Offers that don’t cost Disney any money are brilliant.  Yes, the guest is still getting something tangible, but think about the park hopper that you had to add to get free dining this year:  a lot of guests don’t bother with the hopper, because at 70 per ticket, it’s just too much money on top of everything else.   When Disney gives a guest free dining, Disney is still shelling out money for food and services.  But when I require that same average family to purchase a park hopper just to get free dining, I just recouped almost $300. And I didn’t give them anything. In fact, just sent them to another park, extending their day, which equals more money for the Mouse. If you think that Fastpass+ is just a nice way for guests to organize their day, well that’s a lovely way to live. But it’s also an effective way to keep you in the parks. So is park hopping.

There’s a definite possibility that without free dining, guests wont’ stay on property or will cancel their vacations. And when guests don’t fill up rooms, they do more than just leave resort rooms unoccupied. They find out that there’s really good, cheap food off property. They head over to the outlet malls and shop there. And think about this: each person’s vacation time is finite. I’ve only got so many hours of the day that I can spend in a Disney park. But if I’m “commuting” back and forth from a hotel on 192, some of that precious vacation time–and the money I would otherwise spend–is being spent in a car.  Finally, if restaurants aren’t at capacity, what happens to Disney’s well-trained staff? Sure, Chef Mickey’s is always going to be full, but what about restaurants like the Wave or San Angel Inn, restaurants that already seem to struggle?  Does Disney shutter them during the traditionally slower fall months or reduce cast member hours?  It’s all interconnected and the effects are property-wide, not just at the resorts.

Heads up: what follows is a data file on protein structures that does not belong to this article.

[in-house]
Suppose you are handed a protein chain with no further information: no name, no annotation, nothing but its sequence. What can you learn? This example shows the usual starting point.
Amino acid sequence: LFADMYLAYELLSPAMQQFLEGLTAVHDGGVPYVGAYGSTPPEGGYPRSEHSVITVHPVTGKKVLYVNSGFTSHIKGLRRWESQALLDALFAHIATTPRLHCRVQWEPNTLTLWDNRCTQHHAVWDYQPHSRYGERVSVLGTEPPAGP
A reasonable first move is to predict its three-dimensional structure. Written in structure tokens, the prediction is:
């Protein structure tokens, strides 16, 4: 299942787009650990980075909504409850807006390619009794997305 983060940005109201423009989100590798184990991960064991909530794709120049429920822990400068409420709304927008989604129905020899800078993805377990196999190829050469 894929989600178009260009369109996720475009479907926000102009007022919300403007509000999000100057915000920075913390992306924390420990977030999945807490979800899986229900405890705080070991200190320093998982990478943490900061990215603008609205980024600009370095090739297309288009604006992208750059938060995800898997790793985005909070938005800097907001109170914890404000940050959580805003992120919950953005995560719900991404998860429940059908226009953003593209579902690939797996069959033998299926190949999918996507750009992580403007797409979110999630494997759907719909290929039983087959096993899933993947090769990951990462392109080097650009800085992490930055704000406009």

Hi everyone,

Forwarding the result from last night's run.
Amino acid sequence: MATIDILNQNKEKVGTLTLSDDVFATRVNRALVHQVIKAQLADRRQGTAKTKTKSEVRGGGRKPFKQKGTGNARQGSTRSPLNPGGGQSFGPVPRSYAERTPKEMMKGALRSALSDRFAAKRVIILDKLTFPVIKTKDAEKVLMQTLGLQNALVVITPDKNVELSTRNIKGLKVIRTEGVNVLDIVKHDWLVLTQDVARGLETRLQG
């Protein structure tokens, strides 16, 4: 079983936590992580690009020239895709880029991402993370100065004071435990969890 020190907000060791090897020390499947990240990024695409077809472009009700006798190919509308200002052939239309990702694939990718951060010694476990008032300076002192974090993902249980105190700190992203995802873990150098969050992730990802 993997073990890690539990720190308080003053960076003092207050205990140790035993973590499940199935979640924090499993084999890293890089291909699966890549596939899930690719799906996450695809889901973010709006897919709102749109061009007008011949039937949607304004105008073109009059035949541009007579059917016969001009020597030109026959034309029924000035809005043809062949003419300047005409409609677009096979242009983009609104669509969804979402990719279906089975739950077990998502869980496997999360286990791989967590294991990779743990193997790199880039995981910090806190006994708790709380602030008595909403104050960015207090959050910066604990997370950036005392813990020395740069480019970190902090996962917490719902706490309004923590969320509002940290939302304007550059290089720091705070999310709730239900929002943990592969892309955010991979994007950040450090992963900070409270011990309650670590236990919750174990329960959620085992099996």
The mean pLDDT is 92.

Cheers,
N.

It’s far too bold to say that free dining is dead and in fact, I don’t think it is.  What I do think is that this is probably the start of some major changes made with regard to this particular discount. Going forward, I think any guest traveling in the fall with the expectation of free dining is not being entirely realistic.  Free dining is great, but the happiest clients I had on Monday night were the ones who viewed free dining as an nice bonus, not a given.  And I would suggest that for anyone reading here as well.